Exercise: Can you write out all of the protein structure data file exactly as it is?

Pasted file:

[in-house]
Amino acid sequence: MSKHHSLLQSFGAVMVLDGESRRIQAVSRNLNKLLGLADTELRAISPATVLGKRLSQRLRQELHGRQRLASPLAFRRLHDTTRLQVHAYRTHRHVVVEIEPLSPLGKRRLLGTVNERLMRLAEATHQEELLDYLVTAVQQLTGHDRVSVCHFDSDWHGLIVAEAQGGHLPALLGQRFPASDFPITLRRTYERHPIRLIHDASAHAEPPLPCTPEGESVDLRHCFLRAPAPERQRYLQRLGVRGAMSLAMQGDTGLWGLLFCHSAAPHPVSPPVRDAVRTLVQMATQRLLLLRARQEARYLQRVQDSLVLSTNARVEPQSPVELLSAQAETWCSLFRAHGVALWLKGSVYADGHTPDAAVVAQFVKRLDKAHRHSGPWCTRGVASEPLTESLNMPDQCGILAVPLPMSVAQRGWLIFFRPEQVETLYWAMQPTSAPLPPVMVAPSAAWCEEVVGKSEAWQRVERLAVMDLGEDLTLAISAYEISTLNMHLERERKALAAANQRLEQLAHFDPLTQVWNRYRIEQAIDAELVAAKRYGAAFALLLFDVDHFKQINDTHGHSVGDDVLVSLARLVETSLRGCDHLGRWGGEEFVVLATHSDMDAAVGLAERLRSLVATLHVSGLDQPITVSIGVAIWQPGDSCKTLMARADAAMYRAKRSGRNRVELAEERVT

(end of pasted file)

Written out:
[in-house]
Amino acid sequence: MSKHHSLLQSFGAVMVLDGESRRIQAVSRNLNKLLGLADTELRAISPATVLGKRLSQRLRQELHGRQRLASPLAFRRLHDTTRLQVHAYRTHRHVVVEIEPLSPLGKRRLLGTVNERLMRLAEATHQEELLDYLVTAVQQLTGHDRVSVCHFDSDWHGLIVAEAQGGHLPALLGQRFPASDFPITLRRTYERHPIRLIHDASAHAEPPLPCTPEGESVDLRHCFLRAPAPERQRYLQRLGVRGAMSLAMQGDTGLWGLLFCHSAAPHPVSPPVRDAVRTLVQMATQRLLLLRARQEARYLQRVQDSLVLSTNARVEPQSPVELLSAQAETWCSLFRAHGVALWLKGSVYADGHTPDAAVVAQFVKRLDKAHRHSGPWCTRGVASEPLTESLNMPDQCGILAVPLPMSVAQRGWLIFFRPEQVETLYWAMQPTSAPLPPVMVAPSAAWCEEVVGKSEAWQRVERLAVMDLGEDLTLAISAYEISTLNMHLERERKALAAANQRLEQLAHFDPLTQVWNRYRIEQAIDAELVAAKRYGAAFALLLFDVDHFKQINDTHGHSVGDDVLVSLARLVETSLRGCDHLGRWGGEEFVVLATHSDMDAAVGLAERLRSLVATLHVSGLDQPITVSIGVAIWQPGDSCKTLMARADAAMYRAKRSGRNRVELAEERVT